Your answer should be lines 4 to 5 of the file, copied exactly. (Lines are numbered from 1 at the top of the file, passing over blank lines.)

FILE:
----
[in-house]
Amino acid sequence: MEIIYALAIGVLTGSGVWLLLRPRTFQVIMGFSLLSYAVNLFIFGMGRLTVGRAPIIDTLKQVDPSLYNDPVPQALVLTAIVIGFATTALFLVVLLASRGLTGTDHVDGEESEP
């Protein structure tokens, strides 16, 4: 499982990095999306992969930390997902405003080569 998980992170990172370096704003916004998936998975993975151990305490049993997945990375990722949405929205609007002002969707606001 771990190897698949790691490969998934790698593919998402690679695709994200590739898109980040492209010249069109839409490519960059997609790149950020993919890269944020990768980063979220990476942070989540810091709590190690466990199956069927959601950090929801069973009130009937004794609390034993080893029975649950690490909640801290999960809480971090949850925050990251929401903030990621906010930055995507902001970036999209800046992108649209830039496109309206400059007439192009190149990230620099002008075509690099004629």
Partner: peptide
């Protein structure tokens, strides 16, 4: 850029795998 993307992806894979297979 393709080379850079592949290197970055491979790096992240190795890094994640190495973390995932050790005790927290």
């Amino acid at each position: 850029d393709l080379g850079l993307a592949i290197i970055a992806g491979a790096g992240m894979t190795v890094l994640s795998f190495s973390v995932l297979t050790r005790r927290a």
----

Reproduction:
Partner: peptide
């Protein structure tokens, strides 16, 4: 850029795998 993307992806894979297979 393709080379850079592949290197970055491979790096992240190795890094994640190495973390995932050790005790927290």